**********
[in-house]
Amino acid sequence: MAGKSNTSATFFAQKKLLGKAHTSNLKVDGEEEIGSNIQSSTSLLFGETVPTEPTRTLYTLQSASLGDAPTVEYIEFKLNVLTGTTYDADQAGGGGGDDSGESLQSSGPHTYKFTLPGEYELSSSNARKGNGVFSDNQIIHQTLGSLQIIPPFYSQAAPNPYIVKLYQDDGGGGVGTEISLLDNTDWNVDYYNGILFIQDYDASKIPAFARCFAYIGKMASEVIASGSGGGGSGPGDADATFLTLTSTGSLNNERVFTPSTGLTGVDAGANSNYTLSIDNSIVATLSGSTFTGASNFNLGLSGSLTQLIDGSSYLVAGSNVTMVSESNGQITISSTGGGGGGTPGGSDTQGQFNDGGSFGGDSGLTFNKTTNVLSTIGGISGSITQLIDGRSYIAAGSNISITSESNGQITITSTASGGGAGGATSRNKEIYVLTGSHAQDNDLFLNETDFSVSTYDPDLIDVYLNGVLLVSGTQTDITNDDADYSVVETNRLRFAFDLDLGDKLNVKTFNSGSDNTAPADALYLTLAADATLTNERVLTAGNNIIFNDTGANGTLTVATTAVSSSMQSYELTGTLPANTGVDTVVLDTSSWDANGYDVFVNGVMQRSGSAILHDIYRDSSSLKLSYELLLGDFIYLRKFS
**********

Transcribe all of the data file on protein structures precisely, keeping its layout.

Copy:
[in-house]
Amino acid sequence: MAGKSNTSATFFAQKKLLGKAHTSNLKVDGEEEIGSNIQSSTSLLFGETVPTEPTRTLYTLQSASLGDAPTVEYIEFKLNVLTGTTYDADQAGGGGGDDSGESLQSSGPHTYKFTLPGEYELSSSNARKGNGVFSDNQIIHQTLGSLQIIPPFYSQAAPNPYIVKLYQDDGGGGVGTEISLLDNTDWNVDYYNGILFIQDYDASKIPAFARCFAYIGKMASEVIASGSGGGGSGPGDADATFLTLTSTGSLNNERVFTPSTGLTGVDAGANSNYTLSIDNSIVATLSGSTFTGASNFNLGLSGSLTQLIDGSSYLVAGSNVTMVSESNGQITISSTGGGGGGTPGGSDTQGQFNDGGSFGGDSGLTFNKTTNVLSTIGGISGSITQLIDGRSYIAAGSNISITSESNGQITITSTASGGGAGGATSRNKEIYVLTGSHAQDNDLFLNETDFSVSTYDPDLIDVYLNGVLLVSGTQTDITNDDADYSVVETNRLRFAFDLDLGDKLNVKTFNSGSDNTAPADALYLTLAADATLTNERVLTAGNNIIFNDTGANGTLTVATTAVSSSMQSYELTGTLPANTGVDTVVLDTSSWDANGYDVFVNGVMQRSGSAILHDIYRDSSSLKLSYELLLGDFIYLRKFS